“Time is the coin of your life. It is the only coin you have, and only you can determine how it will be spent. Be careful lest you let other people spend it for you.”
—Carl Sandburg, American Poet
To be a good educator, you have to be passionate about your work. When you were a teacher, you probably spent a few evenings out of the week grading papers or working on lesson plans. You may have even stayed after school to help a student who was having difficulty with a subject. Managing your time was a challenge, however, now that you’re in administration, you have a lot more responsibilities and likely even more trouble balancing work and life. Here are a few tips that just might help you strike the right balance.
Take Care of You
You’ve probably heard it time and time again, but it is crucial that you take care of your health. This means eating a healthy diet and exercising. Skipping lunch can be a very bad habit that can adversely affect both your health and productivity. You might also find yourself eating unhealthy foods like chips and candy bars because they are quick. To avoid this, take your lunch to work with you. You can also put a mini-refrigerator in your office and stock it with healthy foods like yogurt, fruit, and bottles of water. Midday, take a walk around the corner to get centered and refuel.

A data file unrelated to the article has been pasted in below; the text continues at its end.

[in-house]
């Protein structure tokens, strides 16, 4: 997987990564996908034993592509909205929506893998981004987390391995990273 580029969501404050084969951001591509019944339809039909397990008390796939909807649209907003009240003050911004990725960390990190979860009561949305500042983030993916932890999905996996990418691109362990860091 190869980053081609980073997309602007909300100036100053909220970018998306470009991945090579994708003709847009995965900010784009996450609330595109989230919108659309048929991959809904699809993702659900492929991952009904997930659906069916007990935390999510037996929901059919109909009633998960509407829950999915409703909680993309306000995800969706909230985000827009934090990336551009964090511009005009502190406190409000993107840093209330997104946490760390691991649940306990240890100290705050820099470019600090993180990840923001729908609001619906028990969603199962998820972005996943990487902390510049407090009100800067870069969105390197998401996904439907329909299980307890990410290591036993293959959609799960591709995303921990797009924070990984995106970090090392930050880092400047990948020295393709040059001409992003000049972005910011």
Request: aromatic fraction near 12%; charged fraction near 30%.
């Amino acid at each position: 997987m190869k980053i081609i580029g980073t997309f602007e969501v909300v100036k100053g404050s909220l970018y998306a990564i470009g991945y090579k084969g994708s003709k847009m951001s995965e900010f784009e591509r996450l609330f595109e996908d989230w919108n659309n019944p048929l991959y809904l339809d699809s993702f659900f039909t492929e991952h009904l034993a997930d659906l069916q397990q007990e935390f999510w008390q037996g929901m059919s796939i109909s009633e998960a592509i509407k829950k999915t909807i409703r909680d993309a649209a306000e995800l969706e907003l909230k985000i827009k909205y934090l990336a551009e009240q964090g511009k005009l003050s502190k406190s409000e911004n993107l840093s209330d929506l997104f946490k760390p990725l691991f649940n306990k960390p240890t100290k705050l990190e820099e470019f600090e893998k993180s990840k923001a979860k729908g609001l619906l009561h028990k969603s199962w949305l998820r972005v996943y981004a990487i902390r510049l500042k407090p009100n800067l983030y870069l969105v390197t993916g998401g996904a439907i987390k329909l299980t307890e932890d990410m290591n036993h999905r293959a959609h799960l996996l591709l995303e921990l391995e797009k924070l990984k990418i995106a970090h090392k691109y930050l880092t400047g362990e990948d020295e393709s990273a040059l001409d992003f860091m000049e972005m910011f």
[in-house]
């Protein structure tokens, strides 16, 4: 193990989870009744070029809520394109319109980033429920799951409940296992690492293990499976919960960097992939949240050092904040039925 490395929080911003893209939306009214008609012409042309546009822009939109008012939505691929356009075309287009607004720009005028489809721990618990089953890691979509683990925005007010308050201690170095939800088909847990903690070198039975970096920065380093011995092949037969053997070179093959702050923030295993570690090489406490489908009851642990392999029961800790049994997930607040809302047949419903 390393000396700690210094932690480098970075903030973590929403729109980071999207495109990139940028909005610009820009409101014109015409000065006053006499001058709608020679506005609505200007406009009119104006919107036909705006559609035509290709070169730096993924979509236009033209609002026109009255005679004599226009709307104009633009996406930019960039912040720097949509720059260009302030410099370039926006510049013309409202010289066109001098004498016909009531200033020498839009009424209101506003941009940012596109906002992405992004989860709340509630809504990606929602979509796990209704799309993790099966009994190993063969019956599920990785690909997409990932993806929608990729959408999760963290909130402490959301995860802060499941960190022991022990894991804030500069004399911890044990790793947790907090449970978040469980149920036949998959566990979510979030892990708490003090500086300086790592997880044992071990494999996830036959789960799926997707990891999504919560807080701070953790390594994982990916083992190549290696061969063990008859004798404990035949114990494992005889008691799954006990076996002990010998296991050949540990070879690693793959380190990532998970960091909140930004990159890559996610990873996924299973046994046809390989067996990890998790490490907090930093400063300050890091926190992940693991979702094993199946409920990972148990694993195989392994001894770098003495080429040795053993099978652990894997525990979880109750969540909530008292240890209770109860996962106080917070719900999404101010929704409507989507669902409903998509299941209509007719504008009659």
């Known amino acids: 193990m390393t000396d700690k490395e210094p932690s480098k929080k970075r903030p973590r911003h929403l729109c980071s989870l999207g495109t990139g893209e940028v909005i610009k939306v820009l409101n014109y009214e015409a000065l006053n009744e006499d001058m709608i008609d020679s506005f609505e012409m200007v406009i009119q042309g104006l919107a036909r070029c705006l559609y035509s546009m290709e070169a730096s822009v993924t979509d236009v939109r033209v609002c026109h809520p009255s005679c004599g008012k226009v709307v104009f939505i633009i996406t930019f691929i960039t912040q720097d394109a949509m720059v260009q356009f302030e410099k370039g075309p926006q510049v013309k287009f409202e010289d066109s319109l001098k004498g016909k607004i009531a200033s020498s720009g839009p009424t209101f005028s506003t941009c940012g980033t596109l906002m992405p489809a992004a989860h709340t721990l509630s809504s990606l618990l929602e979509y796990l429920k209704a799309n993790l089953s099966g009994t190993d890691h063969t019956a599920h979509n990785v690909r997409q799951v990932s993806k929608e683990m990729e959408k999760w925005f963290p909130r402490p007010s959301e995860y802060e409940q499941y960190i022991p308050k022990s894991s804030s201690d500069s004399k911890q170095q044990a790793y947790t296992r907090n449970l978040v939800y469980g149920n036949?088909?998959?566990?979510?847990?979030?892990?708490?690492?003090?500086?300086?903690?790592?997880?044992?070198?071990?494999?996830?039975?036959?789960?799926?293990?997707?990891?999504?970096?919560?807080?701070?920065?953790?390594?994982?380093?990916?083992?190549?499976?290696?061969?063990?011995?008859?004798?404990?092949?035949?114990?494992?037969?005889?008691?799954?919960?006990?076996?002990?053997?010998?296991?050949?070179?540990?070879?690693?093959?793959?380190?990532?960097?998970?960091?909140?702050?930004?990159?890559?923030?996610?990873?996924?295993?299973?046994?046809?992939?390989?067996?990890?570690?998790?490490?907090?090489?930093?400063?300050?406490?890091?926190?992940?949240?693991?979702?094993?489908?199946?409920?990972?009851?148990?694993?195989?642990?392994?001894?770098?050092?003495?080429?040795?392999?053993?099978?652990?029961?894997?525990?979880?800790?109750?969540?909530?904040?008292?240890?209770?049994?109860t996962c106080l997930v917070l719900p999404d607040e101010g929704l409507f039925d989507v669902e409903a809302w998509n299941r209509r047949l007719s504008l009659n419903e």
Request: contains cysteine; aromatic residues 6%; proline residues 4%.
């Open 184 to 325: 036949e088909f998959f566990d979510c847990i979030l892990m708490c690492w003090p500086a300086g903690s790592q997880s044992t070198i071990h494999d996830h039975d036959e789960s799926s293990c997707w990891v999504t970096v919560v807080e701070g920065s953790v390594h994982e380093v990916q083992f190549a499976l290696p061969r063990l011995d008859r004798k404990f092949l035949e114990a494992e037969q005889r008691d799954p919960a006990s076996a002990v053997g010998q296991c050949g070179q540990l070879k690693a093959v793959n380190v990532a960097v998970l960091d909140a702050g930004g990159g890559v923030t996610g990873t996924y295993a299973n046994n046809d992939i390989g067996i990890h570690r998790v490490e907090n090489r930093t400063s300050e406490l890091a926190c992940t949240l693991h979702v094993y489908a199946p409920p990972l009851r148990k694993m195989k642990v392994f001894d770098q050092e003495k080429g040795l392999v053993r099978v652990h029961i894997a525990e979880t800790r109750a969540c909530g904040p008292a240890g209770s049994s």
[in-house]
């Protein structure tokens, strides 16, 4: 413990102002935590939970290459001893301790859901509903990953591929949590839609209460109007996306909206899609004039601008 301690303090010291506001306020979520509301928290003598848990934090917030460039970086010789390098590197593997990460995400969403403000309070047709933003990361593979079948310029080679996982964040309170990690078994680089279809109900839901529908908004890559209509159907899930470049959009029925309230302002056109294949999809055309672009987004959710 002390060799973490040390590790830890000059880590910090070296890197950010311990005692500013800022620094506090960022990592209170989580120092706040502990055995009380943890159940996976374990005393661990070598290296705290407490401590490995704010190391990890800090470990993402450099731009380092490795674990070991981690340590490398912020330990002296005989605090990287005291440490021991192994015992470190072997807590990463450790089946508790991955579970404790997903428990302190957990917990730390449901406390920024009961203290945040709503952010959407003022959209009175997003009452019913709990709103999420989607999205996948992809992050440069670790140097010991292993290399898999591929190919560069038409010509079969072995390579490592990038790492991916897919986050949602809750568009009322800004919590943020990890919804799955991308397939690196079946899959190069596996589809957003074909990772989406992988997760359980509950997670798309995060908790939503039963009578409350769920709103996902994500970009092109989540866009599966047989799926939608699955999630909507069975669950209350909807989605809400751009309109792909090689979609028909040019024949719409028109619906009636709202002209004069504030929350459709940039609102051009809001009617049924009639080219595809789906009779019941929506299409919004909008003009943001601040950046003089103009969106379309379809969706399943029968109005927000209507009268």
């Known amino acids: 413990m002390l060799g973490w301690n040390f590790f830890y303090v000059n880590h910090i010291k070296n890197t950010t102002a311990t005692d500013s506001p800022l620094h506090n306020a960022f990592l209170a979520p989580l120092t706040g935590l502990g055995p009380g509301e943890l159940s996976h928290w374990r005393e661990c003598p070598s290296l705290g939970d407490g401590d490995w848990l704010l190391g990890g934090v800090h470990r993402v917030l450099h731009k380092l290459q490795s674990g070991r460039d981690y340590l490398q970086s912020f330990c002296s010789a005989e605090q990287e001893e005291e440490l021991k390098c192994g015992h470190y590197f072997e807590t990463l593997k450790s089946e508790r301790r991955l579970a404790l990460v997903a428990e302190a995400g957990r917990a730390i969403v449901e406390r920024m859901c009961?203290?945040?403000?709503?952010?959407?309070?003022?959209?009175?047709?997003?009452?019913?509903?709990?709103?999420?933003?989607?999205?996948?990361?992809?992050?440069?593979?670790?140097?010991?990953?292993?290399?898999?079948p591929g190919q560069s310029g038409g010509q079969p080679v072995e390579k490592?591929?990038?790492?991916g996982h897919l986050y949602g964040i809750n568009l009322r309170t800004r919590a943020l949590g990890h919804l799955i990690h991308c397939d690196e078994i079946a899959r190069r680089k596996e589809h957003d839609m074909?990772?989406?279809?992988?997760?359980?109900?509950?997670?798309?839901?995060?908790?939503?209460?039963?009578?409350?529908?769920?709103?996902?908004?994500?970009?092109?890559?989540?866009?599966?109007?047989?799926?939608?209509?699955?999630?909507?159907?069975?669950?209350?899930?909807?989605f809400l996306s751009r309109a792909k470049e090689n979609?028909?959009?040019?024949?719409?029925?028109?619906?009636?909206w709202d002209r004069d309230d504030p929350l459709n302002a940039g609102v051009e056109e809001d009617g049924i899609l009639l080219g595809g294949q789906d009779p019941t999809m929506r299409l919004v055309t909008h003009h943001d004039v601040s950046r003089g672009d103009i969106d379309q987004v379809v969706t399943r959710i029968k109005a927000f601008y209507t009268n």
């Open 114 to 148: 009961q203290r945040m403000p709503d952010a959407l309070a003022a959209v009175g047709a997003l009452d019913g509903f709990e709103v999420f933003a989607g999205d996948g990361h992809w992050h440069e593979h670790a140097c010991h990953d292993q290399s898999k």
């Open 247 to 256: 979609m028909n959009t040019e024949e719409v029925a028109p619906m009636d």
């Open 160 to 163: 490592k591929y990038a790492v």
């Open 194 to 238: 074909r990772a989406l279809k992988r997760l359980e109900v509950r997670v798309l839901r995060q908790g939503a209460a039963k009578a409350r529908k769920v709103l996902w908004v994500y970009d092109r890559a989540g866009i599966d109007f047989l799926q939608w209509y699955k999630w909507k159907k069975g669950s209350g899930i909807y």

Get a Hobby
You should also destress at least one day out of the week with a creative activity like painting, knitting or dancing. Along with relieving stress, it might get the ideas flowing for problem-solving and strategizing.
Keep Your Personal Boundaries
Establish policies with your staff about communicating with you after hours. For example, when is it permissible to contact you via phone? With easy access to work email, it can also be tempting to continue working once you’re at home. However, checking e-mails at night can be time-consuming. More importantly, if it is an e-mail that is troublesome, it can also potentially keep you from getting a good night’s sleep. Therefore, you should make a commitment to avoid checking e-mails after you leave the office. This might require your removing the email app from your phone.
Schedule Family and Friend Time
Take time off when you need it. You can schedule long weekend getaways with friends and family. If you’re likely to run into teachers or parents from your district, it might be a good idea to go about an hour away to escape it all. During your time off, do your best not to talk about or even think about work. Instead, take the time to reminisce, laugh and catch up on what’s going on with the kids. Plan to attend a sporting event, play a round of golf or go to the movies.
You’ve worked hard to get where you are. Make changes in your lifestyle now to protect yourself from career-ending “executive burnout”.